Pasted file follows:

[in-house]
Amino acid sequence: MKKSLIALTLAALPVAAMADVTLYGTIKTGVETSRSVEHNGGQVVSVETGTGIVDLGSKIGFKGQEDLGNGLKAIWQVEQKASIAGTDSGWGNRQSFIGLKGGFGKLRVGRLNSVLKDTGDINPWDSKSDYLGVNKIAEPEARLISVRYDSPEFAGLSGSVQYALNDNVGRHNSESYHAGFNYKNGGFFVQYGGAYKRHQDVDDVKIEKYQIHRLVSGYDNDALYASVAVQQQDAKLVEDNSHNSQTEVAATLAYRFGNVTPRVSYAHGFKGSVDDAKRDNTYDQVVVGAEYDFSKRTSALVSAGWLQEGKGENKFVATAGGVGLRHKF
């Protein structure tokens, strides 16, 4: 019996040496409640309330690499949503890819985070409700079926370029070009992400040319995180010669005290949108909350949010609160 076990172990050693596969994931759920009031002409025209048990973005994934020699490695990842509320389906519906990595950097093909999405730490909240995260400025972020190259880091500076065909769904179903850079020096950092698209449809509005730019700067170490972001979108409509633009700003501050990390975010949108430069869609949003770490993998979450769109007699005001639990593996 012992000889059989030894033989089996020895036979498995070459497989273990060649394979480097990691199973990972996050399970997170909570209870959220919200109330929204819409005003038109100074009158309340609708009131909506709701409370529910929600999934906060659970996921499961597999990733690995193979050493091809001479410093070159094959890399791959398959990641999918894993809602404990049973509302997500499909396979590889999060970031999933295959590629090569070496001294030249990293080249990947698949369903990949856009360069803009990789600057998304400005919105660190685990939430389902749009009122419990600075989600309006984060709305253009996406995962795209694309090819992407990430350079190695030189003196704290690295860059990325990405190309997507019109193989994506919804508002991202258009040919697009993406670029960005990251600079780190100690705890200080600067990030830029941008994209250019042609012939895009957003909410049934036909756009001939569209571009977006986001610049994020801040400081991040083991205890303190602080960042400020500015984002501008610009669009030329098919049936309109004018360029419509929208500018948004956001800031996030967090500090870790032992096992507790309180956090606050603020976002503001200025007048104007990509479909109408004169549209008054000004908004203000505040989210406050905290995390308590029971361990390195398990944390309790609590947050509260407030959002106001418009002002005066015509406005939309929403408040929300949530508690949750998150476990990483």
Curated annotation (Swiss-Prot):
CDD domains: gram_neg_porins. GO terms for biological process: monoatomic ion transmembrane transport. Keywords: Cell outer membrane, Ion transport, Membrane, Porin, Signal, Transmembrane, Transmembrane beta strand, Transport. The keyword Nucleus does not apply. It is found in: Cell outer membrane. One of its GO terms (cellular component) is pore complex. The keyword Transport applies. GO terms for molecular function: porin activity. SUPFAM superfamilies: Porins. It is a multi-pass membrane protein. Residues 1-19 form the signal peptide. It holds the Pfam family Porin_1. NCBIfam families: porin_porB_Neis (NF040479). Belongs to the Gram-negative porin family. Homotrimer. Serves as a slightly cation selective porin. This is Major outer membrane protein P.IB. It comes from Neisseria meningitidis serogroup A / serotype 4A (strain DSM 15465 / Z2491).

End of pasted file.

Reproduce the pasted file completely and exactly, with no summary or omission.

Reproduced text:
[in-house]
Amino acid sequence: MKKSLIALTLAALPVAAMADVTLYGTIKTGVETSRSVEHNGGQVVSVETGTGIVDLGSKIGFKGQEDLGNGLKAIWQVEQKASIAGTDSGWGNRQSFIGLKGGFGKLRVGRLNSVLKDTGDINPWDSKSDYLGVNKIAEPEARLISVRYDSPEFAGLSGSVQYALNDNVGRHNSESYHAGFNYKNGGFFVQYGGAYKRHQDVDDVKIEKYQIHRLVSGYDNDALYASVAVQQQDAKLVEDNSHNSQTEVAATLAYRFGNVTPRVSYAHGFKGSVDDAKRDNTYDQVVVGAEYDFSKRTSALVSAGWLQEGKGENKFVATAGGVGLRHKF
């Protein structure tokens, strides 16, 4: 019996040496409640309330690499949503890819985070409700079926370029070009992400040319995180010669005290949108909350949010609160 076990172990050693596969994931759920009031002409025209048990973005994934020699490695990842509320389906519906990595950097093909999405730490909240995260400025972020190259880091500076065909769904179903850079020096950092698209449809509005730019700067170490972001979108409509633009700003501050990390975010949108430069869609949003770490993998979450769109007699005001639990593996 012992000889059989030894033989089996020895036979498995070459497989273990060649394979480097990691199973990972996050399970997170909570209870959220919200109330929204819409005003038109100074009158309340609708009131909506709701409370529910929600999934906060659970996921499961597999990733690995193979050493091809001479410093070159094959890399791959398959990641999918894993809602404990049973509302997500499909396979590889999060970031999933295959590629090569070496001294030249990293080249990947698949369903990949856009360069803009990789600057998304400005919105660190685990939430389902749009009122419990600075989600309006984060709305253009996406995962795209694309090819992407990430350079190695030189003196704290690295860059990325990405190309997507019109193989994506919804508002991202258009040919697009993406670029960005990251600079780190100690705890200080600067990030830029941008994209250019042609012939895009957003909410049934036909756009001939569209571009977006986001610049994020801040400081991040083991205890303190602080960042400020500015984002501008610009669009030329098919049936309109004018360029419509929208500018948004956001800031996030967090500090870790032992096992507790309180956090606050603020976002503001200025007048104007990509479909109408004169549209008054000004908004203000505040989210406050905290995390308590029971361990390195398990944390309790609590947050509260407030959002106001418009002002005066015509406005939309929403408040929300949530508690949750998150476990990483």
Curated annotation (Swiss-Prot):
CDD domains: gram_neg_porins. GO terms for biological process: monoatomic ion transmembrane transport. Keywords: Cell outer membrane, Ion transport, Membrane, Porin, Signal, Transmembrane, Transmembrane beta strand, Transport. The keyword Nucleus does not apply. It is found in: Cell outer membrane. One of its GO terms (cellular component) is pore complex. The keyword Transport applies. GO terms for molecular function: porin activity. SUPFAM superfamilies: Porins. It is a multi-pass membrane protein. Residues 1-19 form the signal peptide. It holds the Pfam family Porin_1. NCBIfam families: porin_porB_Neis (NF040479). Belongs to the Gram-negative porin family. Homotrimer. Serves as a slightly cation selective porin. This is Major outer membrane protein P.IB. It comes from Neisseria meningitidis serogroup A / serotype 4A (strain DSM 15465 / Z2491).